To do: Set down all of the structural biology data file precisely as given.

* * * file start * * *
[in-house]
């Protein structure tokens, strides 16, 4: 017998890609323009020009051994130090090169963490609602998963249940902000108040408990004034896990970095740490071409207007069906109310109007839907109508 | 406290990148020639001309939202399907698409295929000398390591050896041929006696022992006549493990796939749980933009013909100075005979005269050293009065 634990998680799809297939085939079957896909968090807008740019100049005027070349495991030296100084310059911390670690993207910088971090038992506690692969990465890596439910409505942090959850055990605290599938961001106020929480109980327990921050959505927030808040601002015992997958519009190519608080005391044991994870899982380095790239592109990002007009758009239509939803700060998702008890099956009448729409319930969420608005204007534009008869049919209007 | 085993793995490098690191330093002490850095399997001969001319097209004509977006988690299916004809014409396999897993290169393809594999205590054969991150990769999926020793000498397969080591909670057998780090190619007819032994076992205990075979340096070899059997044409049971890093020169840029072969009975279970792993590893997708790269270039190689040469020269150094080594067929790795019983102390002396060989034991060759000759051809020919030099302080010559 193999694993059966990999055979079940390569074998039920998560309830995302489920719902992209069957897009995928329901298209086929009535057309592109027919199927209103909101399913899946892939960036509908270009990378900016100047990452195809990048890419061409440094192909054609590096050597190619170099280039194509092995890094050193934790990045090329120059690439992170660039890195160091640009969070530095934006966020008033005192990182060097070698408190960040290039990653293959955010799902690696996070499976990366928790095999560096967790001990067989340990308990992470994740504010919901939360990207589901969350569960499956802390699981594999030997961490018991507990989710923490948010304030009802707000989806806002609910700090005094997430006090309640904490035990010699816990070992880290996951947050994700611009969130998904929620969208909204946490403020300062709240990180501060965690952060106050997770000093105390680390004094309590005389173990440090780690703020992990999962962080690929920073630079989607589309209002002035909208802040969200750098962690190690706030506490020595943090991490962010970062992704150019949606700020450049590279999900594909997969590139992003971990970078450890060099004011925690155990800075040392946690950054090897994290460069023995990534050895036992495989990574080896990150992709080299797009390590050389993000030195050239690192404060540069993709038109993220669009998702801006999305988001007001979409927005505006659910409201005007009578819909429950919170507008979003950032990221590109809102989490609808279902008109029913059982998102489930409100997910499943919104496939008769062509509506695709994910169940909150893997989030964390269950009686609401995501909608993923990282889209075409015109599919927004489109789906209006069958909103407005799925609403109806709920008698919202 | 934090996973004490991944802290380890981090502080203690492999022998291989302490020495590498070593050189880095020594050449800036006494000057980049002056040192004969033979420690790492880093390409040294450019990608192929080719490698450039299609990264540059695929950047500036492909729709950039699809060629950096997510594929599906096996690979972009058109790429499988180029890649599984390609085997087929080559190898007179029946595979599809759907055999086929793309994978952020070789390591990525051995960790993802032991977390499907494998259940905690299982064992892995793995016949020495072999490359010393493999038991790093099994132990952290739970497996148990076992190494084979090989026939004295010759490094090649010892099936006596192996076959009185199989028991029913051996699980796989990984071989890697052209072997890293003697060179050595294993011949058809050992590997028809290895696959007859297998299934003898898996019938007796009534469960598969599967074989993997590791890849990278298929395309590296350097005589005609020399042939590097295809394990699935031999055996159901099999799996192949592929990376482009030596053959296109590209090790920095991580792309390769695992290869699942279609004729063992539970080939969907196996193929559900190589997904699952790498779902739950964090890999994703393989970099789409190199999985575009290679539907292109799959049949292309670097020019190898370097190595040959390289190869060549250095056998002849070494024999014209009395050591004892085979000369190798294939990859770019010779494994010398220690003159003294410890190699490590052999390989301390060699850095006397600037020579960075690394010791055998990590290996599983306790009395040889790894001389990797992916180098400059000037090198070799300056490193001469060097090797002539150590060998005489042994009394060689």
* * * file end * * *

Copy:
[in-house]
């Protein structure tokens, strides 16, 4: 017998890609323009020009051994130090090169963490609602998963249940902000108040408990004034896990970095740490071409207007069906109310109007839907109508 | 406290990148020639001309939202399907698409295929000398390591050896041929006696022992006549493990796939749980933009013909100075005979005269050293009065 634990998680799809297939085939079957896909968090807008740019100049005027070349495991030296100084310059911390670690993207910088971090038992506690692969990465890596439910409505942090959850055990605290599938961001106020929480109980327990921050959505927030808040601002015992997958519009190519608080005391044991994870899982380095790239592109990002007009758009239509939803700060998702008890099956009448729409319930969420608005204007534009008869049919209007 | 085993793995490098690191330093002490850095399997001969001319097209004509977006988690299916004809014409396999897993290169393809594999205590054969991150990769999926020793000498397969080591909670057998780090190619007819032994076992205990075979340096070899059997044409049971890093020169840029072969009975279970792993590893997708790269270039190689040469020269150094080594067929790795019983102390002396060989034991060759000759051809020919030099302080010559 193999694993059966990999055979079940390569074998039920998560309830995302489920719902992209069957897009995928329901298209086929009535057309592109027919199927209103909101399913899946892939960036509908270009990378900016100047990452195809990048890419061409440094192909054609590096050597190619170099280039194509092995890094050193934790990045090329120059690439992170660039890195160091640009969070530095934006966020008033005192990182060097070698408190960040290039990653293959955010799902690696996070499976990366928790095999560096967790001990067989340990308990992470994740504010919901939360990207589901969350569960499956802390699981594999030997961490018991507990989710923490948010304030009802707000989806806002609910700090005094997430006090309640904490035990010699816990070992880290996951947050994700611009969130998904929620969208909204946490403020300062709240990180501060965690952060106050997770000093105390680390004094309590005389173990440090780690703020992990999962962080690929920073630079989607589309209002002035909208802040969200750098962690190690706030506490020595943090991490962010970062992704150019949606700020450049590279999900594909997969590139992003971990970078450890060099004011925690155990800075040392946690950054090897994290460069023995990534050895036992495989990574080896990150992709080299797009390590050389993000030195050239690192404060540069993709038109993220669009998702801006999305988001007001979409927005505006659910409201005007009578819909429950919170507008979003950032990221590109809102989490609808279902008109029913059982998102489930409100997910499943919104496939008769062509509506695709994910169940909150893997989030964390269950009686609401995501909608993923990282889209075409015109599919927004489109789906209006069958909103407005799925609403109806709920008698919202 | 934090996973004490991944802290380890981090502080203690492999022998291989302490020495590498070593050189880095020594050449800036006494000057980049002056040192004969033979420690790492880093390409040294450019990608192929080719490698450039299609990264540059695929950047500036492909729709950039699809060629950096997510594929599906096996690979972009058109790429499988180029890649599984390609085997087929080559190898007179029946595979599809759907055999086929793309994978952020070789390591990525051995960790993802032991977390499907494998259940905690299982064992892995793995016949020495072999490359010393493999038991790093099994132990952290739970497996148990076992190494084979090989026939004295010759490094090649010892099936006596192996076959009185199989028991029913051996699980796989990984071989890697052209072997890293003697060179050595294993011949058809050992590997028809290895696959007859297998299934003898898996019938007796009534469960598969599967074989993997590791890849990278298929395309590296350097005589005609020399042939590097295809394990699935031999055996159901099999799996192949592929990376482009030596053959296109590209090790920095991580792309390769695992290869699942279609004729063992539970080939969907196996193929559900190589997904699952790498779902739950964090890999994703393989970099789409190199999985575009290679539907292109799959049949292309670097020019190898370097190595040959390289190869060549250095056998002849070494024999014209009395050591004892085979000369190798294939990859770019010779494994010398220690003159003294410890190699490590052999390989301390060699850095006397600037020579960075690394010791055998990590290996599983306790009395040889790894001389990797992916180098400059000037090198070799300056490193001469060097090797002539150590060998005489042994009394060689």